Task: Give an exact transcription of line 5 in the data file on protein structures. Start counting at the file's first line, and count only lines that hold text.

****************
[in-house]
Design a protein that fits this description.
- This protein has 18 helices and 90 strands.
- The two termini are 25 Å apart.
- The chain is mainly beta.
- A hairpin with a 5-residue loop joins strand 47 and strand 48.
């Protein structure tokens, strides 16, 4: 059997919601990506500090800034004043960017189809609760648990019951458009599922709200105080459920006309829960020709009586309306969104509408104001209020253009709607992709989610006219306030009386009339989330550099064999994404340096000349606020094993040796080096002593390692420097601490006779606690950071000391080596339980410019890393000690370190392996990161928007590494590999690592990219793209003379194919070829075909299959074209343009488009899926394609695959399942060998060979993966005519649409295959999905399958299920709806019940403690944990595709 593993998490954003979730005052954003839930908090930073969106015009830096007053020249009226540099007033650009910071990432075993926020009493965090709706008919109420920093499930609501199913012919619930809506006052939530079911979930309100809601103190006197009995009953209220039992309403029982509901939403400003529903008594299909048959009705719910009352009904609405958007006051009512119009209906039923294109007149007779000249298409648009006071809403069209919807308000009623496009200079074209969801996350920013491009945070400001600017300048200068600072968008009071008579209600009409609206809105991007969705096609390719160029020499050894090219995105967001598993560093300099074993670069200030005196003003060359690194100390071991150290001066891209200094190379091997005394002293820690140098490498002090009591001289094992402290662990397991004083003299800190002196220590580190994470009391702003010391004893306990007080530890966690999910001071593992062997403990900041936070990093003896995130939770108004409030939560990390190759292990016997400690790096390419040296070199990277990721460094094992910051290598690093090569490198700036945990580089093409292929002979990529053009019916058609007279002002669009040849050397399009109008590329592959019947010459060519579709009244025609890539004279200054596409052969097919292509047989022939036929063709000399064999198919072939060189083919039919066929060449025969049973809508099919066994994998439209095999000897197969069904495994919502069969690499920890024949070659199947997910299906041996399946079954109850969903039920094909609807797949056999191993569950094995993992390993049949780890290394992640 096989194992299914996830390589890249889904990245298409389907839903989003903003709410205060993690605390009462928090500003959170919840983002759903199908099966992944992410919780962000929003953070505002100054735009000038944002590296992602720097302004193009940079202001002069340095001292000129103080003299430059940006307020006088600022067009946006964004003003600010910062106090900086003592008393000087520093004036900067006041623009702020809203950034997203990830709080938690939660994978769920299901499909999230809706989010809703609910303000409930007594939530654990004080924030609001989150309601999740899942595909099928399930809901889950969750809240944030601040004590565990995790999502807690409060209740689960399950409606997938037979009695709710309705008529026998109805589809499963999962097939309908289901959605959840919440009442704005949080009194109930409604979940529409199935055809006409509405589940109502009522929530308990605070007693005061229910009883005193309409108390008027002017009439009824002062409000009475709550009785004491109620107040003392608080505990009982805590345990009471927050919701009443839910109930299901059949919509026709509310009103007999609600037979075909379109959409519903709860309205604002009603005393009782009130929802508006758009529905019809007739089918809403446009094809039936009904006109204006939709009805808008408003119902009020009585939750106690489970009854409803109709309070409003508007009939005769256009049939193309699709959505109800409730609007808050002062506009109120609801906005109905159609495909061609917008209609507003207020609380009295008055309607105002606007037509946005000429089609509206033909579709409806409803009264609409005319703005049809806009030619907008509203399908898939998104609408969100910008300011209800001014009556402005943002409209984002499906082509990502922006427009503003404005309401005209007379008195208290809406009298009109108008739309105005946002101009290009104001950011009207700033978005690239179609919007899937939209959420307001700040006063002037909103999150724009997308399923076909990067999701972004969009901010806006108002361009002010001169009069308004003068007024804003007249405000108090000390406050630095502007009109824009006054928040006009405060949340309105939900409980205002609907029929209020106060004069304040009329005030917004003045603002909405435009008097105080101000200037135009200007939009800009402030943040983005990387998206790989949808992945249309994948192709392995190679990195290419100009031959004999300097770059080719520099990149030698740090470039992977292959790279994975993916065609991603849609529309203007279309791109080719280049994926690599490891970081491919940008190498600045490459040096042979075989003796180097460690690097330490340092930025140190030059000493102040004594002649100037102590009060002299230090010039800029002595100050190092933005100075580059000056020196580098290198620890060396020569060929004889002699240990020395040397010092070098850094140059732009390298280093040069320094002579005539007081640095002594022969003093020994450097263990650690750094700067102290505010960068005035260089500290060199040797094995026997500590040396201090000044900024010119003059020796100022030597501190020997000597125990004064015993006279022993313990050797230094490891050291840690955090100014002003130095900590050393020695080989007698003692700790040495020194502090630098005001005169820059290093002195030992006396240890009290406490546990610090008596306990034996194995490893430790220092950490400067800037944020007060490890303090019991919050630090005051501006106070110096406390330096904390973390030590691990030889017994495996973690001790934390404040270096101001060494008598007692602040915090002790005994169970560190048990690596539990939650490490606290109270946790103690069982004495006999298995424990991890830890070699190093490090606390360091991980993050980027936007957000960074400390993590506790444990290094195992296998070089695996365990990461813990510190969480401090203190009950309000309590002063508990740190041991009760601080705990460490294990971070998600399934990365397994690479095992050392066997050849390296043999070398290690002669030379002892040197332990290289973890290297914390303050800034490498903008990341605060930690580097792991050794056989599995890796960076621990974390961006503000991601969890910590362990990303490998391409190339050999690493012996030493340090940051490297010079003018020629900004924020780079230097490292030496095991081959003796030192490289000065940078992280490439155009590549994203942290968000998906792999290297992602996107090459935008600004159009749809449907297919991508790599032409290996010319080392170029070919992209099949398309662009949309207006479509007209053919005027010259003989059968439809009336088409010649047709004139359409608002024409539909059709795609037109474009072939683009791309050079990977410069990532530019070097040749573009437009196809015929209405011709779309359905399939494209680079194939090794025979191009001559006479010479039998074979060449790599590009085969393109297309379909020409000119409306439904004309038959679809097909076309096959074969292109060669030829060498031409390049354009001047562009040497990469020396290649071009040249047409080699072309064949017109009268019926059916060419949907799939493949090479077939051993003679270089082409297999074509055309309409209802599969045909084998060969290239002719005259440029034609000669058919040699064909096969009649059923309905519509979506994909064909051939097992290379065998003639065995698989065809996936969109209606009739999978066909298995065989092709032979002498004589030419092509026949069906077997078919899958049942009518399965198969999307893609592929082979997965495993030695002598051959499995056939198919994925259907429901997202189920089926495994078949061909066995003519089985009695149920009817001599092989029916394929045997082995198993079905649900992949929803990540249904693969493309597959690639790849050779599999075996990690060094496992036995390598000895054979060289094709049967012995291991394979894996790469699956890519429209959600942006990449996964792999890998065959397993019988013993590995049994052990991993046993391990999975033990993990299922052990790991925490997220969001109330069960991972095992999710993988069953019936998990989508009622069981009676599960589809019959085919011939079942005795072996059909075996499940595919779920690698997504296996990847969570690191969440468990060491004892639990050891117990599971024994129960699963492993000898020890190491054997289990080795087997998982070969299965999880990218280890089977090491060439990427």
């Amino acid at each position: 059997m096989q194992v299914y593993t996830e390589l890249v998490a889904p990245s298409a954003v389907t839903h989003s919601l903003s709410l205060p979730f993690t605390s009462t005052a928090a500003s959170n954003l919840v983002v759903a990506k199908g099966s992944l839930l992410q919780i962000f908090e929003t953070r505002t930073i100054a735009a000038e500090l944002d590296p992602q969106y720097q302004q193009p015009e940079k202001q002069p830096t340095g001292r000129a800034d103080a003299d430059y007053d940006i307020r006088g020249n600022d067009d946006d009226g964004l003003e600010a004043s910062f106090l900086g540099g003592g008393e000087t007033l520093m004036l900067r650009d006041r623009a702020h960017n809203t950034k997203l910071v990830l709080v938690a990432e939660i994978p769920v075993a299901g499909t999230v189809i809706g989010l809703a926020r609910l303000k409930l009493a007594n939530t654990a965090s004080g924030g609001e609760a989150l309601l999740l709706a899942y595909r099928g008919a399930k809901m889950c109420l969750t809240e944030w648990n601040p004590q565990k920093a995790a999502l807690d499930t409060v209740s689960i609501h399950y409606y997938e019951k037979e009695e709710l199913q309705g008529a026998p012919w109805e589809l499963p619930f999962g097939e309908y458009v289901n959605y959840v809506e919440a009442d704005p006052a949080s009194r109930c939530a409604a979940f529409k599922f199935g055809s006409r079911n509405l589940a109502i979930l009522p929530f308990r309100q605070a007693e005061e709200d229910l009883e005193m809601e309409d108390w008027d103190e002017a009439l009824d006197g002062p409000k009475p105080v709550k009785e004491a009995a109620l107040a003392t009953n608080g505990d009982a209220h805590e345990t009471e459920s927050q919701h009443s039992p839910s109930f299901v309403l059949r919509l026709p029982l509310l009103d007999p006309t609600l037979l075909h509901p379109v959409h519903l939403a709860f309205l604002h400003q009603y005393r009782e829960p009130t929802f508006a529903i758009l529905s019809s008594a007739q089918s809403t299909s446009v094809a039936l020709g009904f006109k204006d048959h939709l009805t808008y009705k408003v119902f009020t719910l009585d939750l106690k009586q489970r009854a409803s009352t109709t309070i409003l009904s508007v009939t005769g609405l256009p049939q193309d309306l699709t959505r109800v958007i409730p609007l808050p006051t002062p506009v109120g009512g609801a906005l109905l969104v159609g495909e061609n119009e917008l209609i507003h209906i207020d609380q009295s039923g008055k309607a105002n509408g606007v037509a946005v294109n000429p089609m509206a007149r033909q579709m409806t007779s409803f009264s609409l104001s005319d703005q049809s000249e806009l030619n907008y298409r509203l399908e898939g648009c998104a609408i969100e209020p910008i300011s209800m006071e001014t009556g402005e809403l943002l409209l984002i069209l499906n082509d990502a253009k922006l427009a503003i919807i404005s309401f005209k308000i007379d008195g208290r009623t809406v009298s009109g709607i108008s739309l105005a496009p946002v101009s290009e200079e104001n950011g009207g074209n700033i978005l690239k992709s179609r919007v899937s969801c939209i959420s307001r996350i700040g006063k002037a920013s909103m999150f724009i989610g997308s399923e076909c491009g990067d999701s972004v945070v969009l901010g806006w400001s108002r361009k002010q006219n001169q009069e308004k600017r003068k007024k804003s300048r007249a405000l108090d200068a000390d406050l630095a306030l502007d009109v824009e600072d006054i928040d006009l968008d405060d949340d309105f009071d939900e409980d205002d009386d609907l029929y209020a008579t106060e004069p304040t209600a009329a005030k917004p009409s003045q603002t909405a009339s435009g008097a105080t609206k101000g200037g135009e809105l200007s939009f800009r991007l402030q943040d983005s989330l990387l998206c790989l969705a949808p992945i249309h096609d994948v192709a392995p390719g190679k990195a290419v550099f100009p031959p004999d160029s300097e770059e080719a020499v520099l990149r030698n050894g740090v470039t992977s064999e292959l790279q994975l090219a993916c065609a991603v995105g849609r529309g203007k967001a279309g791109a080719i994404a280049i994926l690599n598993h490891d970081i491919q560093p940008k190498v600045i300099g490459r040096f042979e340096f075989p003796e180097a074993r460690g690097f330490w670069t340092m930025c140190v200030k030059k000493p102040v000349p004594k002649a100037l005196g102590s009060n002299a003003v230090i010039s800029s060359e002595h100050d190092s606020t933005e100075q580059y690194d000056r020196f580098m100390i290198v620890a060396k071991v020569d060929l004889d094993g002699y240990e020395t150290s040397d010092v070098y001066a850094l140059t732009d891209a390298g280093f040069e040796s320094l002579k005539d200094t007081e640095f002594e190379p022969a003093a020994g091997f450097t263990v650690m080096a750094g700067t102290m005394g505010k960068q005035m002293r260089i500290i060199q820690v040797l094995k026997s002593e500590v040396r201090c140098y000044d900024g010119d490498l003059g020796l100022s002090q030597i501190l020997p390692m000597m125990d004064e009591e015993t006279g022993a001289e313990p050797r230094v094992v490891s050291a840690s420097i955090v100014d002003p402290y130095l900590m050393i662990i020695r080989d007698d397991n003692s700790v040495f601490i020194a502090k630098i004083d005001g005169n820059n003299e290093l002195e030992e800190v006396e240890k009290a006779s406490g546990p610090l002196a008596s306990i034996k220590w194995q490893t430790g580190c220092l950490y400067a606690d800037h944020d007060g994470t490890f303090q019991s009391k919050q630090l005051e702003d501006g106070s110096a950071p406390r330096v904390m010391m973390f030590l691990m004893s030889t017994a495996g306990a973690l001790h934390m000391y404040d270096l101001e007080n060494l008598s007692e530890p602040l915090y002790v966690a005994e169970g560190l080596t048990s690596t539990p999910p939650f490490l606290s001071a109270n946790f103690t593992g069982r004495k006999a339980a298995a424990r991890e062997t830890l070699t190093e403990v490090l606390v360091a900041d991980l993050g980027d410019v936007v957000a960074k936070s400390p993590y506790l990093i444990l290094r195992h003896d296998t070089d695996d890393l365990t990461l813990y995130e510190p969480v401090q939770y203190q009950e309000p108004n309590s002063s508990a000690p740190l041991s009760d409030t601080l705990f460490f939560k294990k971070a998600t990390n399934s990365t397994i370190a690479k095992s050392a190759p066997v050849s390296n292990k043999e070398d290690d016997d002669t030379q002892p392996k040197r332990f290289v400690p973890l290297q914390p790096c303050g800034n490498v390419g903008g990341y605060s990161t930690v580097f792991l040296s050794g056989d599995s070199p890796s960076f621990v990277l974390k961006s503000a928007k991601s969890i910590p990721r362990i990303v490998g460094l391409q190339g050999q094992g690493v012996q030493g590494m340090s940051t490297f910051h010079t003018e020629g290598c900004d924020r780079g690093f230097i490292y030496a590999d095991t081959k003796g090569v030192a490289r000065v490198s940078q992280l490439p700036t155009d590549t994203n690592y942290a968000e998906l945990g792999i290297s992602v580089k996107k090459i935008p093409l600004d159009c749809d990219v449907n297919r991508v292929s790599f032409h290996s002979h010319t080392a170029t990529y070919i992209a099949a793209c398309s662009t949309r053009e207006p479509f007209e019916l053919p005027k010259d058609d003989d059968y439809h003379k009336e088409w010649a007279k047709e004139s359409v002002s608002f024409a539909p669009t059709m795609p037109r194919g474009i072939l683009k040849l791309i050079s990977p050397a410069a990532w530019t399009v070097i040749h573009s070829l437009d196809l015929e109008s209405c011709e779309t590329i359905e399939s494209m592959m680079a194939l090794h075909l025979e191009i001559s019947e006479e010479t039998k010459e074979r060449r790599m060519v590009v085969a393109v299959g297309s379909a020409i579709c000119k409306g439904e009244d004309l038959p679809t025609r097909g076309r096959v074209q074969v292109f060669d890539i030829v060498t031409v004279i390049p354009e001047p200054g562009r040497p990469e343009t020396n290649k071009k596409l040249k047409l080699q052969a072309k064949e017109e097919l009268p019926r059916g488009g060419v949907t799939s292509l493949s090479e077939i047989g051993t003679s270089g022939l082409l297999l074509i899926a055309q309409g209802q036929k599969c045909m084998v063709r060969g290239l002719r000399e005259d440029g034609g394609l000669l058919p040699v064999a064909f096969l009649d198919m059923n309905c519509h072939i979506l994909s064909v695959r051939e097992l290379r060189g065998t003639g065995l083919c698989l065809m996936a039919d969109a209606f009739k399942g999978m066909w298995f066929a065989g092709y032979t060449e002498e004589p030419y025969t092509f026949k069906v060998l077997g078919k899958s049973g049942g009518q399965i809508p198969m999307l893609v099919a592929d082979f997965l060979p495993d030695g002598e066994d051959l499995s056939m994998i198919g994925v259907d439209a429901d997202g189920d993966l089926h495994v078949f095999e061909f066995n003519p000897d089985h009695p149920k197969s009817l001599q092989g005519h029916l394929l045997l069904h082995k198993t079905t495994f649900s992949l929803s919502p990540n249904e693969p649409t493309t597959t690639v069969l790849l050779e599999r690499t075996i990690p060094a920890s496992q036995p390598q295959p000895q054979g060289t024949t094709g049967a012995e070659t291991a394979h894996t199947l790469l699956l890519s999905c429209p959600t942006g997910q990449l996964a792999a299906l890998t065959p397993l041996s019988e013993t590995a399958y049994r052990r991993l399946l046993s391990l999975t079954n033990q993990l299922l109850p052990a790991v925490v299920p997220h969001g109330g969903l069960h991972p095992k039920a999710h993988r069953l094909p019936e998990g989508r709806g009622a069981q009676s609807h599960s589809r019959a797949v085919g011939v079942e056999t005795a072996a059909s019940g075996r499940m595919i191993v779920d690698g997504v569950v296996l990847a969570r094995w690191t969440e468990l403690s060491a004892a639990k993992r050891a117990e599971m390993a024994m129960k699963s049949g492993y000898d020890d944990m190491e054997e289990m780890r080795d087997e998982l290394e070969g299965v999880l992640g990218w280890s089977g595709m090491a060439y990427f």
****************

- The chain is mainly beta.